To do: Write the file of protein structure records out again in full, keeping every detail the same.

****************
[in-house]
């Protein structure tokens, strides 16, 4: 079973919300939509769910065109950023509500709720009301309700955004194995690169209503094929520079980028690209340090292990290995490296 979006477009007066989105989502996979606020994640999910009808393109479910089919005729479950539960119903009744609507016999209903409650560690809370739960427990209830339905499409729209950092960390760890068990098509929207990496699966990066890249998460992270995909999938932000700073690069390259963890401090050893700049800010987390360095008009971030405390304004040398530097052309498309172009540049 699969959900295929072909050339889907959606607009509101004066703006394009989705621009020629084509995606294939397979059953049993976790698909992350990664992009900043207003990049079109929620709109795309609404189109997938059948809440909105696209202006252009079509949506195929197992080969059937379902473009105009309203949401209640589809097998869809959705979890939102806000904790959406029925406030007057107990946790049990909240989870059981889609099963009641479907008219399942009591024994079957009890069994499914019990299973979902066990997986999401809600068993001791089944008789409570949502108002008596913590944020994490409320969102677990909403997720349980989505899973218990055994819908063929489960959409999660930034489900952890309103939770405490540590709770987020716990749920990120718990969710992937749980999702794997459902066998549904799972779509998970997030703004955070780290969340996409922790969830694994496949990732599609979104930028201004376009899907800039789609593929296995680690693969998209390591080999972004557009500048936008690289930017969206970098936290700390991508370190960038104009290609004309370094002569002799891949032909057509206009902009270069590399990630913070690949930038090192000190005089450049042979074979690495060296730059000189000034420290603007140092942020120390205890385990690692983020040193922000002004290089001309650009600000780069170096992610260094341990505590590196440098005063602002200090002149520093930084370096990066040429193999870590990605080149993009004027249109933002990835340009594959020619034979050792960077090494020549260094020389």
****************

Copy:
[in-house]
């Protein structure tokens, strides 16, 4: 079973919300939509769910065109950023509500709720009301309700955004194995690169209503094929520079980028690209340090292990290995490296 979006477009007066989105989502996979606020994640999910009808393109479910089919005729479950539960119903009744609507016999209903409650560690809370739960427990209830339905499409729209950092960390760890068990098509929207990496699966990066890249998460992270995909999938932000700073690069390259963890401090050893700049800010987390360095008009971030405390304004040398530097052309498309172009540049 699969959900295929072909050339889907959606607009509101004066703006394009989705621009020629084509995606294939397979059953049993976790698909992350990664992009900043207003990049079109929620709109795309609404189109997938059948809440909105696209202006252009079509949506195929197992080969059937379902473009105009309203949401209640589809097998869809959705979890939102806000904790959406029925406030007057107990946790049990909240989870059981889609099963009641479907008219399942009591024994079957009890069994499914019990299973979902066990997986999401809600068993001791089944008789409570949502108002008596913590944020994490409320969102677990909403997720349980989505899973218990055994819908063929489960959409999660930034489900952890309103939770405490540590709770987020716990749920990120718990969710992937749980999702794997459902066998549904799972779509998970997030703004955070780290969340996409922790969830694994496949990732599609979104930028201004376009899907800039789609593929296995680690693969998209390591080999972004557009500048936008690289930017969206970098936290700390991508370190960038104009290609004309370094002569002799891949032909057509206009902009270069590399990630913070690949930038090192000190005089450049042979074979690495060296730059000189000034420290603007140092942020120390205890385990690692983020040193922000002004290089001309650009600000780069170096992610260094341990505590590196440098005063602002200090002149520093930084370096990066040429193999870590990605080149993009004027249109933002990835340009594959020619034979050792960077090494020549260094020389």